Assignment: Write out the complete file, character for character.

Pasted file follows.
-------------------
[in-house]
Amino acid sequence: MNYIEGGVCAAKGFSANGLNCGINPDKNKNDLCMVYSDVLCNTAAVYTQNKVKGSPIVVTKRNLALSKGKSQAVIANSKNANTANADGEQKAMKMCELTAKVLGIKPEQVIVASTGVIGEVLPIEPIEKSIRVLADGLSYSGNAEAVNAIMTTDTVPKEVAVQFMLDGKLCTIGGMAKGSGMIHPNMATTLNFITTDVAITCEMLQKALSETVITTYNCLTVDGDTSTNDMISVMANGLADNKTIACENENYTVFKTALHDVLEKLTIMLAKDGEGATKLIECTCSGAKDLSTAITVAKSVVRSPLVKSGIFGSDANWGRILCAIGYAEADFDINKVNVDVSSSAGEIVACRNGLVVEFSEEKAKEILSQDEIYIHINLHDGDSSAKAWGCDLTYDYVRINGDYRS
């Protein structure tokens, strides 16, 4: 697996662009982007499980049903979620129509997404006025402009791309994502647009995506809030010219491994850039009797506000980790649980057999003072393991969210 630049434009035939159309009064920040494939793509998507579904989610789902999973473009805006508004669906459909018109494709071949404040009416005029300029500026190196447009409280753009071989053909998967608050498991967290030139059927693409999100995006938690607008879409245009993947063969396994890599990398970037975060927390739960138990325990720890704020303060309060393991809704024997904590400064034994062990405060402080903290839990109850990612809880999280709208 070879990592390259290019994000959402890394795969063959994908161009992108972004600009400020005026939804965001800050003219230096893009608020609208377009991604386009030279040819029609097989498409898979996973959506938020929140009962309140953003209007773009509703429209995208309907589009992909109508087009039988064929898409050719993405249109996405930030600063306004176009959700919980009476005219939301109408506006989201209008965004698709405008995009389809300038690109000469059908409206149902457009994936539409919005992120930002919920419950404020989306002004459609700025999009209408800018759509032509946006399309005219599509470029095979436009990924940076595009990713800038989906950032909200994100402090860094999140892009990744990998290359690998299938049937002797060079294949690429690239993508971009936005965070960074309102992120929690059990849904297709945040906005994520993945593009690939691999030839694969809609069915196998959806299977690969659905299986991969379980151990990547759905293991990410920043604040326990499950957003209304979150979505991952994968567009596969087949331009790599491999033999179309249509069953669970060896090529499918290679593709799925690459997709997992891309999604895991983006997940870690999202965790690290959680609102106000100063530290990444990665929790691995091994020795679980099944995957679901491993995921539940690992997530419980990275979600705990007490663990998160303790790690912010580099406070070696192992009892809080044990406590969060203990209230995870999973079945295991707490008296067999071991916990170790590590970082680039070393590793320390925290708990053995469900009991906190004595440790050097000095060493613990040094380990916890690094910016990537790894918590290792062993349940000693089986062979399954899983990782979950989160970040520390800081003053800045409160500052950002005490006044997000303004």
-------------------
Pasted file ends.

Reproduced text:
[in-house]
Amino acid sequence: MNYIEGGVCAAKGFSANGLNCGINPDKNKNDLCMVYSDVLCNTAAVYTQNKVKGSPIVVTKRNLALSKGKSQAVIANSKNANTANADGEQKAMKMCELTAKVLGIKPEQVIVASTGVIGEVLPIEPIEKSIRVLADGLSYSGNAEAVNAIMTTDTVPKEVAVQFMLDGKLCTIGGMAKGSGMIHPNMATTLNFITTDVAITCEMLQKALSETVITTYNCLTVDGDTSTNDMISVMANGLADNKTIACENENYTVFKTALHDVLEKLTIMLAKDGEGATKLIECTCSGAKDLSTAITVAKSVVRSPLVKSGIFGSDANWGRILCAIGYAEADFDINKVNVDVSSSAGEIVACRNGLVVEFSEEKAKEILSQDEIYIHINLHDGDSSAKAWGCDLTYDYVRINGDYRS
């Protein structure tokens, strides 16, 4: 697996662009982007499980049903979620129509997404006025402009791309994502647009995506809030010219491994850039009797506000980790649980057999003072393991969210 630049434009035939159309009064920040494939793509998507579904989610789902999973473009805006508004669906459909018109494709071949404040009416005029300029500026190196447009409280753009071989053909998967608050498991967290030139059927693409999100995006938690607008879409245009993947063969396994890599990398970037975060927390739960138990325990720890704020303060309060393991809704024997904590400064034994062990405060402080903290839990109850990612809880999280709208 070879990592390259290019994000959402890394795969063959994908161009992108972004600009400020005026939804965001800050003219230096893009608020609208377009991604386009030279040819029609097989498409898979996973959506938020929140009962309140953003209007773009509703429209995208309907589009992909109508087009039988064929898409050719993405249109996405930030600063306004176009959700919980009476005219939301109408506006989201209008965004698709405008995009389809300038690109000469059908409206149902457009994936539409919005992120930002919920419950404020989306002004459609700025999009209408800018759509032509946006399309005219599509470029095979436009990924940076595009990713800038989906950032909200994100402090860094999140892009990744990998290359690998299938049937002797060079294949690429690239993508971009936005965070960074309102992120929690059990849904297709945040906005994520993945593009690939691999030839694969809609069915196998959806299977690969659905299986991969379980151990990547759905293991990410920043604040326990499950957003209304979150979505991952994968567009596969087949331009790599491999033999179309249509069953669970060896090529499918290679593709799925690459997709997992891309999604895991983006997940870690999202965790690290959680609102106000100063530290990444990665929790691995091994020795679980099944995957679901491993995921539940690992997530419980990275979600705990007490663990998160303790790690912010580099406070070696192992009892809080044990406590969060203990209230995870999973079945295991707490008296067999071991916990170790590590970082680039070393590793320390925290708990053995469900009991906190004595440790050097000095060493613990040094380990916890690094910016990537790894918590290792062993349940000693089986062979399954899983990782979950989160970040520390800081003053800045409160500052950002005490006044997000303004």